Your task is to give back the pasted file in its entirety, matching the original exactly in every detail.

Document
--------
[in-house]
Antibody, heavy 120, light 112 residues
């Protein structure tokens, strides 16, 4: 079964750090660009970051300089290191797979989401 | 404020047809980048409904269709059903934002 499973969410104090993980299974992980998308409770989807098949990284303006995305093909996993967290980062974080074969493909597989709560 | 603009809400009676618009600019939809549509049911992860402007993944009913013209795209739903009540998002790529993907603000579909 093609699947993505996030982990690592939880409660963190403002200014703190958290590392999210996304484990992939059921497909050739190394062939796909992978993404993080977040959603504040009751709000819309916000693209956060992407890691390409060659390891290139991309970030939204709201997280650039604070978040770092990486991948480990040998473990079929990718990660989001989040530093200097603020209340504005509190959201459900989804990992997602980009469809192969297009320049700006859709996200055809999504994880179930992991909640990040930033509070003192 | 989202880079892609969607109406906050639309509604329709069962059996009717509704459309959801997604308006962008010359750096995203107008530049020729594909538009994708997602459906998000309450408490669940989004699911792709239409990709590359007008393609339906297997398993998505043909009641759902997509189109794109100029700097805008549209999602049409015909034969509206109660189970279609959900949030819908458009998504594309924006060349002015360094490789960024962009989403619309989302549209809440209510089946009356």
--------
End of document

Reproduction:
[in-house]
Antibody, heavy 120, light 112 residues
């Protein structure tokens, strides 16, 4: 079964750090660009970051300089290191797979989401 | 404020047809980048409904269709059903934002 499973969410104090993980299974992980998308409770989807098949990284303006995305093909996993967290980062974080074969493909597989709560 | 603009809400009676618009600019939809549509049911992860402007993944009913013209795209739903009540998002790529993907603000579909 093609699947993505996030982990690592939880409660963190403002200014703190958290590392999210996304484990992939059921497909050739190394062939796909992978993404993080977040959603504040009751709000819309916000693209956060992407890691390409060659390891290139991309970030939204709201997280650039604070978040770092990486991948480990040998473990079929990718990660989001989040530093200097603020209340504005509190959201459900989804990992997602980009469809192969297009320049700006859709996200055809999504994880179930992991909640990040930033509070003192 | 989202880079892609969607109406906050639309509604329709069962059996009717509704459309959801997604308006962008010359750096995203107008530049020729594909538009994708997602459906998000309450408490669940989004699911792709239409990709590359007008393609339906297997398993998505043909009641759902997509189109794109100029700097805008549209999602049409015909034969509206109660189970279609959900949030819908458009998504594309924006060349002015360094490789960024962009989403619309989302549209809440209510089946009356």